Wednesday, February 6, 2013

Duck Eggs

Some decisions are easy to live with while others make you want to take back everything negative you ever thought or said. Ducks would be the latter.

After convincing my husband we should take our female duck, Trixie, to some pond somewhere and be done with her, I’m having second thoughts. Why? Because today I ate some of her eggs, and man, those ovas were delicious! Oh. My. Gawd. If you’ve never tried duck eggs, imagine the freshest, best tasting fried egg you’ve ever had in your entire life and quadruple that in richness and flavor. That, my friends, are what duck eggs taste like. If it is at all possible, they actually taste more eggy.

And so, now I have to convince my husband that we really do need to keep Trixie, and put up with her loud, obnoxious, constant chatter, because damn, those eggs are worth every last bit of annoyance we have to put up with her. Perhaps I should save the next couple eggs she lays so he can try them for himself. Unless, of course, I can’t fight the urge to eat them myself!

Sunday, February 3, 2013

Blog Fasting and Novel Ideas

Sometimes you have to figure out what’s best for you. And sometimes you simply have to do what you do best.

I secretly made a New Year’s Resolution to not blog anything for a month. Not even write a blog to post later. I went so far as to not think about what I was going to blog about when I restarted in February. There were times I was tempted to disregard my fast and post a random tidbit or recipe (of which there are a few I’d really love to share soon!) but decided against it. Why would I stop blogging for an entire month? Quite simply, it was taking away from the entire reason I started blogging in the first place, which was a daily writing exercise to get my creative juices flowing towards young adult fiction or sci-fi or children’s books. Allow me to explain this perturbed troll logic.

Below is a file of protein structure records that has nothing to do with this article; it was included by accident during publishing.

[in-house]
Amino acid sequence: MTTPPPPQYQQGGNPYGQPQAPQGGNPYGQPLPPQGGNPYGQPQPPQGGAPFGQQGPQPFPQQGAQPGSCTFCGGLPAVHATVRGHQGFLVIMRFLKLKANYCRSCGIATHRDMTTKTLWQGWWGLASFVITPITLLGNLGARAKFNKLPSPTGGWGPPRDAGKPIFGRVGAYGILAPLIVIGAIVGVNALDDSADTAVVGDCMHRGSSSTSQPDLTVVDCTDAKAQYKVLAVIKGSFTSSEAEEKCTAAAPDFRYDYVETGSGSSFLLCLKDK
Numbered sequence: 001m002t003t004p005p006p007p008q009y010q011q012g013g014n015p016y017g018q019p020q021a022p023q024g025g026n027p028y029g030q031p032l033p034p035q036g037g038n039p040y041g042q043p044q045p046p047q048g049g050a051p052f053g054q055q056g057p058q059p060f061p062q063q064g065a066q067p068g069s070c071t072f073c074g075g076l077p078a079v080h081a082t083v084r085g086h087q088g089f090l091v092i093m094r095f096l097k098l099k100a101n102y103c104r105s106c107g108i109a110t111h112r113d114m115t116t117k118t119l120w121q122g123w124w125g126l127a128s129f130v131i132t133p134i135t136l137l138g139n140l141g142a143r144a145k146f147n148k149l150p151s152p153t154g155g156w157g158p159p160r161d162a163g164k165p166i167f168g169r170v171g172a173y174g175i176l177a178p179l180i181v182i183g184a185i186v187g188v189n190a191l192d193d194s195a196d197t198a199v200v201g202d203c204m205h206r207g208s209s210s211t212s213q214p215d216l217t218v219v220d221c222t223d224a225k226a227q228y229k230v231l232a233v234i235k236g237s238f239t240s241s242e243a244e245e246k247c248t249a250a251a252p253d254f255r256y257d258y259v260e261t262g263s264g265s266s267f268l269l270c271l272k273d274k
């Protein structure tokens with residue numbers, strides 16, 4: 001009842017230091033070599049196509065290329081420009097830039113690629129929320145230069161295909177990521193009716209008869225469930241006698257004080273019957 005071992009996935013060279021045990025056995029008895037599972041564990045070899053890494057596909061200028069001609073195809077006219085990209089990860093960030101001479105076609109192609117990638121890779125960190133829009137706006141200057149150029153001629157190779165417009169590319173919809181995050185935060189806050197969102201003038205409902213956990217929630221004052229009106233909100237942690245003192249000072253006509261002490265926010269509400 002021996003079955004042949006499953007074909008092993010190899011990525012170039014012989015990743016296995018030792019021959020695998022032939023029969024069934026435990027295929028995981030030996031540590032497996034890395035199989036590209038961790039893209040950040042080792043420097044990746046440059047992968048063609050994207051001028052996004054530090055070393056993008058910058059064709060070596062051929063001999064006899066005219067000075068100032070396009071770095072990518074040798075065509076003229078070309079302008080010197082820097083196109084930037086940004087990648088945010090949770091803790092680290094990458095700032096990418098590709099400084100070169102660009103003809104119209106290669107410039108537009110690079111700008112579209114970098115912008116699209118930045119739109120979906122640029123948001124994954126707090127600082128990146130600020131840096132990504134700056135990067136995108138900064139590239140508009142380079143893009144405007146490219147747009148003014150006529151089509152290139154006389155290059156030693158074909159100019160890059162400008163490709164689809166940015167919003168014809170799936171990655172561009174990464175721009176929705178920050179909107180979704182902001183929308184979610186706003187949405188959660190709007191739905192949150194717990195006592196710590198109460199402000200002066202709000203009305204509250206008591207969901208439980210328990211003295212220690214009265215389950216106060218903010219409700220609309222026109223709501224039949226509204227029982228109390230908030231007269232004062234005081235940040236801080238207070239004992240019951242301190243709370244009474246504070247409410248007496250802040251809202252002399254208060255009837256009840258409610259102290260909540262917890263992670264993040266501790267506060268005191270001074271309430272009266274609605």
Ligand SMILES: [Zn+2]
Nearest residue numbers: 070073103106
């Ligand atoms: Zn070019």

Writing is writing, right? Apparently not so much. I’m not exactly certain as to when it happened, but somewhere along the way I realized that writing a daily blog actually sucked away any real creativity that I normally would have put towards storylines and characters. I mean, this isn’t the first venture I had into writing non-fiction, but it is the first time I was writing from my own perspective. I’ve written articles on important figures in history (such as Oliver Otis Howard and Sequoyah to name a couple) for a magazine about famous Howards. However, these are a bit different and more like writing research papers than, say, a novel. All of these different styles take different skills and when I was trying to force myself to write a blog about cooking and cleaning and quilting and chicken-keeping to entice my brain to write about murder and mayhem and drama and comedy, it just wasn’t going to happen.

To counteract the trap I got myself into, I decided the only way out was a fast. I had to put this blog on hold to get back to my roots. It was time to return to the fictional town of Ravenwood where a majority of my books for children, teens and adults are set. It was time for me to stop waiting for something to happen and start doing something to make it happen. It was time for me to start thinking about what I really want to be when I grow up… and that is a writer.